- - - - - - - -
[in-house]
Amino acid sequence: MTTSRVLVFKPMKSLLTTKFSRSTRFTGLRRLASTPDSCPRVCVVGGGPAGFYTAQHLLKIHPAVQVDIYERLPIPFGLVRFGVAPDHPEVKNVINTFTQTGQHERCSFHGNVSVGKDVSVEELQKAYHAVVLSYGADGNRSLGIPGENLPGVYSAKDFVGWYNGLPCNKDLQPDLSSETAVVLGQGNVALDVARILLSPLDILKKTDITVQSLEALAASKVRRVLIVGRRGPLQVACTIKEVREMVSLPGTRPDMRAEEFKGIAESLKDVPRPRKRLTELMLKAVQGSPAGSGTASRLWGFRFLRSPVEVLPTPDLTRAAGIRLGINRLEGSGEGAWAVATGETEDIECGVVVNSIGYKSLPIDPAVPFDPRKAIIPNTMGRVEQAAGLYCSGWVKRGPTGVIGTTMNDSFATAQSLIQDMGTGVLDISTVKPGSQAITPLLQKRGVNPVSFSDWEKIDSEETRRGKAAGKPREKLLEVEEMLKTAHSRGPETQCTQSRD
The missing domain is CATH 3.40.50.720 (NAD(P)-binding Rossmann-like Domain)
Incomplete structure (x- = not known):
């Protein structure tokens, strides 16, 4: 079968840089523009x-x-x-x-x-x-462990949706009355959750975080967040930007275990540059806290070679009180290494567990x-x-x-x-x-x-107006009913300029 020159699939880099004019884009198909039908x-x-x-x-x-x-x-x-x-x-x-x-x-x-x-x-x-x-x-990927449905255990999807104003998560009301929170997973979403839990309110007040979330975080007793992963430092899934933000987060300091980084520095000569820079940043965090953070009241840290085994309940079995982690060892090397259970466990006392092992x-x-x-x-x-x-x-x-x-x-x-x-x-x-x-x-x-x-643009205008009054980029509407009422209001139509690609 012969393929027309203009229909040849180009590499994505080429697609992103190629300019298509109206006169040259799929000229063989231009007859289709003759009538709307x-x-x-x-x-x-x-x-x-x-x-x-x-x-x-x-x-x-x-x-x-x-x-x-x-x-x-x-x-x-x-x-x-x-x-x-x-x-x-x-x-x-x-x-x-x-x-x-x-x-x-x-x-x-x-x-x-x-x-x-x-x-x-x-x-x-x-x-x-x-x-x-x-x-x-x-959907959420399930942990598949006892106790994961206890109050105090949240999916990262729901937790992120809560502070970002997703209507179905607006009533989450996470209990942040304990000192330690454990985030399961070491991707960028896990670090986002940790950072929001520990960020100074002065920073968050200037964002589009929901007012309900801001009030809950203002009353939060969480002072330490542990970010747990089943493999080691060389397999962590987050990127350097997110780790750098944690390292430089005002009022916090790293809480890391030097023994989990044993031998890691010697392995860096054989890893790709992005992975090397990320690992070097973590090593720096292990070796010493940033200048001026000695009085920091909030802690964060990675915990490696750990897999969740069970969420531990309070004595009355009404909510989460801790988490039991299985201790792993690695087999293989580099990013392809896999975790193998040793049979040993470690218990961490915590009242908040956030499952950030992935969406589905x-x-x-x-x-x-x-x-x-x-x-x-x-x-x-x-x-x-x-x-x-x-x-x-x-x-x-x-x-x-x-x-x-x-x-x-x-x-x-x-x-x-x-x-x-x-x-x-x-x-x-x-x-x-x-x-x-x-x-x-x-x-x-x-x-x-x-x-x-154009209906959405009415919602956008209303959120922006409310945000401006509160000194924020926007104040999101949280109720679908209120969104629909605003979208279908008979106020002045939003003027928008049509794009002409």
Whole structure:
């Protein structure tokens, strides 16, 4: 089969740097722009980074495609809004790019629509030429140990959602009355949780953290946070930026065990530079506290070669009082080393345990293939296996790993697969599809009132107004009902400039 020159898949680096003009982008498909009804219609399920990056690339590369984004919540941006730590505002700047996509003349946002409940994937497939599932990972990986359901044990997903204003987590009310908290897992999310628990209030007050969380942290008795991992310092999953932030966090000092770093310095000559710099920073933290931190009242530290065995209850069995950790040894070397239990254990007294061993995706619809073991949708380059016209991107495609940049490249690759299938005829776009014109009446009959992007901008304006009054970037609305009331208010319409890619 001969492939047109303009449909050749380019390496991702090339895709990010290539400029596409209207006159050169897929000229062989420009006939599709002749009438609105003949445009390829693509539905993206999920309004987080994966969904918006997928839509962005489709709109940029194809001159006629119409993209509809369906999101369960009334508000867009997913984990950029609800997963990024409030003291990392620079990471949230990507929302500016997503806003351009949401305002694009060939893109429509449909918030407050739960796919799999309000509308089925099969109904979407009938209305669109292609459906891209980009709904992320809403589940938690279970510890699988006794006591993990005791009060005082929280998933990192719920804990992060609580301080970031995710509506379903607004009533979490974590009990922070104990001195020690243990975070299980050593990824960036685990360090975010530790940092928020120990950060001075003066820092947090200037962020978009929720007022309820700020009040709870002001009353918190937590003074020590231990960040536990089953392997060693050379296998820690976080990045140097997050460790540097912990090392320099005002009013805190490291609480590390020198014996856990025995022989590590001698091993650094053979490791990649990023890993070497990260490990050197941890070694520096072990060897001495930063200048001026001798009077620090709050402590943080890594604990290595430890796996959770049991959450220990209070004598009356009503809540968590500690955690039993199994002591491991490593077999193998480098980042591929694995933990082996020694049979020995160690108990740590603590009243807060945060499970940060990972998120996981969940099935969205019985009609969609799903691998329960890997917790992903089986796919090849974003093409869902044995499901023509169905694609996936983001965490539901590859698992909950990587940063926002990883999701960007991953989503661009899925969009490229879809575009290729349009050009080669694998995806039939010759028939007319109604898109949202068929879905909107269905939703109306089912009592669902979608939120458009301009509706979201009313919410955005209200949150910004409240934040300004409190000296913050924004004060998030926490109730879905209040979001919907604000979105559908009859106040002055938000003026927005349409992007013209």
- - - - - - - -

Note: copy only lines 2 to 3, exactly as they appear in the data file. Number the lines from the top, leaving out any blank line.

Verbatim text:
Amino acid sequence: MTTSRVLVFKPMKSLLTTKFSRSTRFTGLRRLASTPDSCPRVCVVGGGPAGFYTAQHLLKIHPAVQVDIYERLPIPFGLVRFGVAPDHPEVKNVINTFTQTGQHERCSFHGNVSVGKDVSVEELQKAYHAVVLSYGADGNRSLGIPGENLPGVYSAKDFVGWYNGLPCNKDLQPDLSSETAVVLGQGNVALDVARILLSPLDILKKTDITVQSLEALAASKVRRVLIVGRRGPLQVACTIKEVREMVSLPGTRPDMRAEEFKGIAESLKDVPRPRKRLTELMLKAVQGSPAGSGTASRLWGFRFLRSPVEVLPTPDLTRAAGIRLGINRLEGSGEGAWAVATGETEDIECGVVVNSIGYKSLPIDPAVPFDPRKAIIPNTMGRVEQAAGLYCSGWVKRGPTGVIGTTMNDSFATAQSLIQDMGTGVLDISTVKPGSQAITPLLQKRGVNPVSFSDWEKIDSEETRRGKAAGKPREKLLEVEEMLKTAHSRGPETQCTQSRD
The missing domain is CATH 3.40.50.720 (NAD(P)-binding Rossmann-like Domain)